(NAPSI)—The end of the 3G cellular network has begun and for many Americans, it may come as a surprise. They might wake up one morning to some of their most important devices not working.
What is 3G?
Many people have heard the term 3G but don’t know it refers to the “third generation” of cellular network technology. Now there’s 5G LTE—500 times faster than 3G—and carriers are phasing out 3G.
What devices might be affected?
You may have a connected device now which uses 3G such as:
•personal wearable alarms used to connect to 911
• wearable locators for kids and pets
•older cell phones (such as iPhone 5, Samsung Galaxy S4, and Trac phones)
•older Amazon Kindles (Oasis and older)
•some mobile hotspots and routers
•some tablets (including some iPads)
•Security alarms and connected fire alarms in your home
•GPS and in-car assistants
•The ability to remotely start your car and/or unlock it
Tips to Prepare
If you suspect that you have an older device that may no longer work when 3G goes away, heed these hints:
1. Check your personal emergency response device. These are life-saving devices so they must work. Don’t wait for an emergency to find out if it does. Call your device support line to find out. Generally, they can tell you based on the serial or model number.
2. Act quickly to replace affected devices that are important to you. Once these devices stop working, support lines could be backlogged and replacements will be in high demand. The global chip shortage is already affecting the supply lines of many connected devices. Acting early could save you time.
3. Test your devices regularly. As soon as it does not perform as expected, contact your manufacturer for a solution.
4. Try connecting your devices to WiFi. If you’re able to connect your 3G device to WiFi, you might be able to continue using it as long as you are in range of a WiFi network.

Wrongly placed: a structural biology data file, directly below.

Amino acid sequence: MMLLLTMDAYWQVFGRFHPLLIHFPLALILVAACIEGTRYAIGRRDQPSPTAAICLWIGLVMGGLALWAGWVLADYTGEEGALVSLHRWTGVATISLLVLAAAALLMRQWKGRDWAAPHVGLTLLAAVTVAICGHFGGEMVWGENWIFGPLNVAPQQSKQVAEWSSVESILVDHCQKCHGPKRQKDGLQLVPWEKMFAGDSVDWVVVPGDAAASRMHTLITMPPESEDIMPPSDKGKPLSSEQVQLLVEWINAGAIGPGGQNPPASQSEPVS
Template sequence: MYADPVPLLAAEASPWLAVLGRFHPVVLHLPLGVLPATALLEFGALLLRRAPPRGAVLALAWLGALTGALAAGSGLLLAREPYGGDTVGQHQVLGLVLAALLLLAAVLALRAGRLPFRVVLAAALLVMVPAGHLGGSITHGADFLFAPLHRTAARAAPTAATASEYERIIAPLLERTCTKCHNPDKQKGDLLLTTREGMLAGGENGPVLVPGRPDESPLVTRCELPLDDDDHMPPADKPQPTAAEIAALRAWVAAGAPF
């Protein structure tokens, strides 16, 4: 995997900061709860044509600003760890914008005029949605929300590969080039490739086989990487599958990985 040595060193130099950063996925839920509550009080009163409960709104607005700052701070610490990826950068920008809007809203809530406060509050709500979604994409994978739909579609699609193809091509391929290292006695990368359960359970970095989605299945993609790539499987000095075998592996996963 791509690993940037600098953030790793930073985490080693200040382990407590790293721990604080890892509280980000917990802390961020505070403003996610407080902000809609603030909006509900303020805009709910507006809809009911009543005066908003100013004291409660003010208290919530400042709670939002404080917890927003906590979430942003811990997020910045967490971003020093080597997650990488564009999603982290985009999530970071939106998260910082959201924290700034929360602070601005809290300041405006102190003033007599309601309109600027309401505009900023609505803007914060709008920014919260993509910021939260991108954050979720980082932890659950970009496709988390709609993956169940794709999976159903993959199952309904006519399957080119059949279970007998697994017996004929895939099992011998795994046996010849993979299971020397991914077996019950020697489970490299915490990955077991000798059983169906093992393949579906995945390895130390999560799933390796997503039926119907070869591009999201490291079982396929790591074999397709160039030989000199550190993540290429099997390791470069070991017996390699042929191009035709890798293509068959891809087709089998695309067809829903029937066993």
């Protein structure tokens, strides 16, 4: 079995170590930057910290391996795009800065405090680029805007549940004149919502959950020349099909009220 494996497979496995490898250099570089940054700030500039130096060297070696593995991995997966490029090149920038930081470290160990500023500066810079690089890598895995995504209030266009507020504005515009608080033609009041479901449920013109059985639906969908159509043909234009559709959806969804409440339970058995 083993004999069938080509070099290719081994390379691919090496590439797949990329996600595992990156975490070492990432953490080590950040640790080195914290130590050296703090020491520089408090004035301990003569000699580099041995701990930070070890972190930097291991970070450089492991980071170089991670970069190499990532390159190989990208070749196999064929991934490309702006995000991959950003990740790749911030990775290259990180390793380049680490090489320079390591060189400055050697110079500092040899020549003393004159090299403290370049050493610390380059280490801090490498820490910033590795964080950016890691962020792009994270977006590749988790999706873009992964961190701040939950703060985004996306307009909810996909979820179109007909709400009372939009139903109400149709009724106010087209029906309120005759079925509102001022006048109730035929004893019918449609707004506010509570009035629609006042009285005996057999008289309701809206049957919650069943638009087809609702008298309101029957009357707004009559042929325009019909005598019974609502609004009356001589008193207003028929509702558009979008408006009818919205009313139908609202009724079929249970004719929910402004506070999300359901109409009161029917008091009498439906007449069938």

5. Update your firmware. Some devices (such as routers and some connected cars) may only require a firmware update—meaning an installed update to the device’s internal software—to continue working on 4G. You can call the company directly to learn your options.
6. Look out for 3G sunsetting scams. You want to be certain that an e-mail or a call is really from the company responsible for your connected device. Don’t click any links or give away personal or payment information if someone randomly reaches out to you. Make sure you talk to your manufacturer or carrier first, either by going to the store in person or using verifiable contact information from the company or carrier’s official website or on the materials that came with your device.
7. Take COVID precautions. If your device upgrade requires a technician to come to your house and you feel vulnerable to COVID, there are precautions you can take. Wearing a mask, social distancing (at least six feet apart), and sanitizing surfaces are all recommended by the CDC.
Because NXT-ID considers seniors and others who rely on 3G-connected devices to call for help when they need it its biggest concern, it’s prioritized reaching out to customers via e-mail, mail and even hospitals to let people know how to check whether their devices are being affected—and to let them know they can get a new device at no charge under warranty.
Contact your device manufacturer for more information. For LogicMark, a division of NXT-ID, see www.logicmark3g.com.
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